CORRESP 1 filename1.htm

Ms. Lisa Haynes,


16 February 2007

Senior Staff Accountant,



Division of Corporation Finance,



Securities and Exchange Commission,



100 F Street, N.E.,



Washington, D.C. 20549-7010.




Re:                               The Governor and Company of the Bank of Ireland
Form 20-F for the Fiscal Year ended March 31, 2006
Filed September 11, 2006
File No. 1-14452

Dear Ms. Haynes,

Thank you for your letter dated January 25, 2007 setting forth comments of the Staff of the Commission (the “Staff”) relating to the Annual Report on Form 20-F for the year ended March 31, 2006 filed September 11, 2006 (the “2005/2006 Form 20-F”) of The Governor and Company of the Bank of Ireland (the “Bank”).

To facilitate the Staff’s review, we have included in this letter the caption and comment from the Staff’s comment letter in bold italicized text, and have provided our response immediately following the comment.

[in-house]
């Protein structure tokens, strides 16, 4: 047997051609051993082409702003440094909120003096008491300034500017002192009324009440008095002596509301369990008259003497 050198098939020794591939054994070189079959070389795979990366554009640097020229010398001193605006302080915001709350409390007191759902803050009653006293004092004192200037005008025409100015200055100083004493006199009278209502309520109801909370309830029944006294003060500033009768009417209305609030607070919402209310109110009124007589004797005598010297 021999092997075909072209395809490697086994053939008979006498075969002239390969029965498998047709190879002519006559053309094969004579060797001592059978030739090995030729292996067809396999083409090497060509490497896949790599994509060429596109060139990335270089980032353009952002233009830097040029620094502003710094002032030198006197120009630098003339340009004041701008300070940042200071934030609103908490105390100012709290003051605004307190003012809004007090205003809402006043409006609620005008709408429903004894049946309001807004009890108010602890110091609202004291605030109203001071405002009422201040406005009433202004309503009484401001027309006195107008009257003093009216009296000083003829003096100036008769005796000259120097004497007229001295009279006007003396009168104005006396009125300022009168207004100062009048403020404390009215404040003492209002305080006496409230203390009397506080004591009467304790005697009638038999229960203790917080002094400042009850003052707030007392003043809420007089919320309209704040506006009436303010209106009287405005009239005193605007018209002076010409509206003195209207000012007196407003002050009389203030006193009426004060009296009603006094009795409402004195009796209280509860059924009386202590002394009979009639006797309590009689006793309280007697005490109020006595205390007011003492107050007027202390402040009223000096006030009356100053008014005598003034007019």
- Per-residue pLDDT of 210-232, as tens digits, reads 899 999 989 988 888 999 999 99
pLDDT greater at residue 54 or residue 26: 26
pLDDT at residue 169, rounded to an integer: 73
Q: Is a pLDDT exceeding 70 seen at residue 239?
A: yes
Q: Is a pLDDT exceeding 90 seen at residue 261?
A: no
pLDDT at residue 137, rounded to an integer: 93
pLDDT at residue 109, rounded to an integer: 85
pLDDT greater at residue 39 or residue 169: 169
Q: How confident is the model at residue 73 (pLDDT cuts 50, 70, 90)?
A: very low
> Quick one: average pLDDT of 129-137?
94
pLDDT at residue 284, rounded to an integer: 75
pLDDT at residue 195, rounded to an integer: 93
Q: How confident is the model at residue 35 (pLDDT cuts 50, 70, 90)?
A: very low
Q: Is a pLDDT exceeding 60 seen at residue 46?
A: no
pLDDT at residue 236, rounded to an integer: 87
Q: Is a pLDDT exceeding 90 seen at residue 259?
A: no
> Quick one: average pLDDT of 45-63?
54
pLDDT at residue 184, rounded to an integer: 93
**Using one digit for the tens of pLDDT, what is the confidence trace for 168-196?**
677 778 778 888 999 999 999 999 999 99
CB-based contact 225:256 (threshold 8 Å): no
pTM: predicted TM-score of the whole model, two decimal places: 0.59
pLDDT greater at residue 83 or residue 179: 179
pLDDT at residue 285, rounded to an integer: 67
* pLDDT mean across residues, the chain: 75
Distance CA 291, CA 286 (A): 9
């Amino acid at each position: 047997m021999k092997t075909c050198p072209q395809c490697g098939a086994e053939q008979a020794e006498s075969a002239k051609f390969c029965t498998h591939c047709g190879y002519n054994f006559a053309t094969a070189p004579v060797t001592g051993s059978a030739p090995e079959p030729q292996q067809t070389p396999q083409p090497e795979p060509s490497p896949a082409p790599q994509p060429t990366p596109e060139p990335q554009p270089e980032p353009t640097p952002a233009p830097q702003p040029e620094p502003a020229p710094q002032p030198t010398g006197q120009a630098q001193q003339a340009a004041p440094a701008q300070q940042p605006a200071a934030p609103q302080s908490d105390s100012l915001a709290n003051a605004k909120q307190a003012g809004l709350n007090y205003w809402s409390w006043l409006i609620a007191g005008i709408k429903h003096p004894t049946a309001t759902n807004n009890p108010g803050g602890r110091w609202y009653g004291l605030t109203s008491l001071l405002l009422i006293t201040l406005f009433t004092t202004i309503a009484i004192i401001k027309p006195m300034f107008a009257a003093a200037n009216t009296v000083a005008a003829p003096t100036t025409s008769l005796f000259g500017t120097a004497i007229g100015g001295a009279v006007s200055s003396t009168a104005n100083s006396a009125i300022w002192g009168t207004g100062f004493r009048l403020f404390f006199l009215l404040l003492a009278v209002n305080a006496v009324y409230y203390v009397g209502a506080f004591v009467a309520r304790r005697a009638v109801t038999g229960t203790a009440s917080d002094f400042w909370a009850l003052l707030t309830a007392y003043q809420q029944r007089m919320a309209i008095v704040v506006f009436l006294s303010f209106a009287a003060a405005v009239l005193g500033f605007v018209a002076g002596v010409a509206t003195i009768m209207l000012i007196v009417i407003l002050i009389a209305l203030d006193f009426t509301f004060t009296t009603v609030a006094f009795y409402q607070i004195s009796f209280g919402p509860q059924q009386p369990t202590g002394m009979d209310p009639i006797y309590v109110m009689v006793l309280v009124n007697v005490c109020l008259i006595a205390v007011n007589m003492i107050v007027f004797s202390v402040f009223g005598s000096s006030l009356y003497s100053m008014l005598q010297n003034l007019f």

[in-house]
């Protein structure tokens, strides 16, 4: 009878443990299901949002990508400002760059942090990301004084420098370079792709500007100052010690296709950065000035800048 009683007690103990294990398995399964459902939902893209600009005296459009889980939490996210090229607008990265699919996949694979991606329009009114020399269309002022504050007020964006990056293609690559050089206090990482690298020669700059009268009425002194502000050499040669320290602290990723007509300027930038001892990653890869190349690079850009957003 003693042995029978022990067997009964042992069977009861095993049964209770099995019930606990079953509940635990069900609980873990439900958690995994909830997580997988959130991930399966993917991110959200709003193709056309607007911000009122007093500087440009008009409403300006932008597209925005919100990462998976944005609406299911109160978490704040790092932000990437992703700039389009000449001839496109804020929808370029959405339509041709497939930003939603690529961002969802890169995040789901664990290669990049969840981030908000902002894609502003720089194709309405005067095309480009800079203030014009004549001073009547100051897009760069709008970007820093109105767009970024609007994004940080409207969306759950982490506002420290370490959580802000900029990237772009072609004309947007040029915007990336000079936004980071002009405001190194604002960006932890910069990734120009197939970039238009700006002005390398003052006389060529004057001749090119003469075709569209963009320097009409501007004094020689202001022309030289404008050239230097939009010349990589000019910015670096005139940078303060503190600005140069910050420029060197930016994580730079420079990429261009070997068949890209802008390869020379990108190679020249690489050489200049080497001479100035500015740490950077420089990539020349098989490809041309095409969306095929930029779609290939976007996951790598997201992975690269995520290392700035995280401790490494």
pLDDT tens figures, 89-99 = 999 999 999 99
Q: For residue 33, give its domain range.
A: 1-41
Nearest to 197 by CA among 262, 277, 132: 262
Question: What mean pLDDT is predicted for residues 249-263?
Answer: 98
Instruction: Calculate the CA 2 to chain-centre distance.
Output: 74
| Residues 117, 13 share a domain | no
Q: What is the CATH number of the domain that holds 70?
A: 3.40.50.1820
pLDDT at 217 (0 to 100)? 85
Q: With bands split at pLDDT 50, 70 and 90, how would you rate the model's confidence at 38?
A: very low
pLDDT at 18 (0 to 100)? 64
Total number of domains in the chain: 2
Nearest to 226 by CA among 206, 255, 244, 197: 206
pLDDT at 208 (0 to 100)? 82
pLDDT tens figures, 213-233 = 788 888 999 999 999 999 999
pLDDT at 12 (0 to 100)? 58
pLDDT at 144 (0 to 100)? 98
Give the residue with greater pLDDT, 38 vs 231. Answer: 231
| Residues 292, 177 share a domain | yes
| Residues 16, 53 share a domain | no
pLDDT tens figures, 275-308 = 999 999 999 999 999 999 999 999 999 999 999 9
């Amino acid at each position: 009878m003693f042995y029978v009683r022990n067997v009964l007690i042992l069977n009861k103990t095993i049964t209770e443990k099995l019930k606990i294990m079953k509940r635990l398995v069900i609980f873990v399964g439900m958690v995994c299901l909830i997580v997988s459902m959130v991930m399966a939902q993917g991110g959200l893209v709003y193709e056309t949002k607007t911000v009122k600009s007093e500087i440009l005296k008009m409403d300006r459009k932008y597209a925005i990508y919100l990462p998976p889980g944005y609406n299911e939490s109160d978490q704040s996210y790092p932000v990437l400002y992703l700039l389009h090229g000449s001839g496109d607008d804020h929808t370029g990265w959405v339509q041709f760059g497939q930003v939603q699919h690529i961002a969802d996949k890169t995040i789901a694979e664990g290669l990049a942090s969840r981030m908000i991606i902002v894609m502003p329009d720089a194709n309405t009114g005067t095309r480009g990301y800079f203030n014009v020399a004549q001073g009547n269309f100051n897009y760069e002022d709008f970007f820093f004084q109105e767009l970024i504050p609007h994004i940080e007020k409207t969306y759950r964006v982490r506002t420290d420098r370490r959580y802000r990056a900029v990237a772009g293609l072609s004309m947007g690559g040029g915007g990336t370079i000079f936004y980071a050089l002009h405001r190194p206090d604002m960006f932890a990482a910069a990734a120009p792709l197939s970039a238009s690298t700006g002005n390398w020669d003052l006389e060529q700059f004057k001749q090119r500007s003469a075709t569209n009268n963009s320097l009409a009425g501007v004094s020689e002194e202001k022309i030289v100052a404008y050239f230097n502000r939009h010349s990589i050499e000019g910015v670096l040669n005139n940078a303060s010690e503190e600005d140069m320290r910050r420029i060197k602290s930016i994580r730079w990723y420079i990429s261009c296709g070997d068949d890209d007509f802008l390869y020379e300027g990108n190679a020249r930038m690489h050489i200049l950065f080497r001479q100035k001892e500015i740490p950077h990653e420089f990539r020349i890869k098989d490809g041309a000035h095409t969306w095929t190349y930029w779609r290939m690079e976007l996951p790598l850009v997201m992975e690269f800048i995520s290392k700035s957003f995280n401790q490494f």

1.                                      Please tells us, and in future filings disclose the date when the financial statements were authorized for issue and who gave the authorization.  Also disclose whether any of the Company’s owners or others have the power to amend the financial statements after issuance.  Refer to paragraphs 17 and 18 of IAS 10.


The 2005/2006 Form 20-F containing the financial statements, was approved by the Group Audit Committee of the Court of Directors, i.e. the Board of Directors, on 8 September 2006 for filing and was signed on behalf of the Bank by the Group Chief Executive Officer and Group Chief Financial Officer on 11 September 2006. In future Annual Reports on Form 20-F, we will disclose the date and who gave the authorization for filing. I confirm that no owners of the Bank or others can amend the financial statements after approval.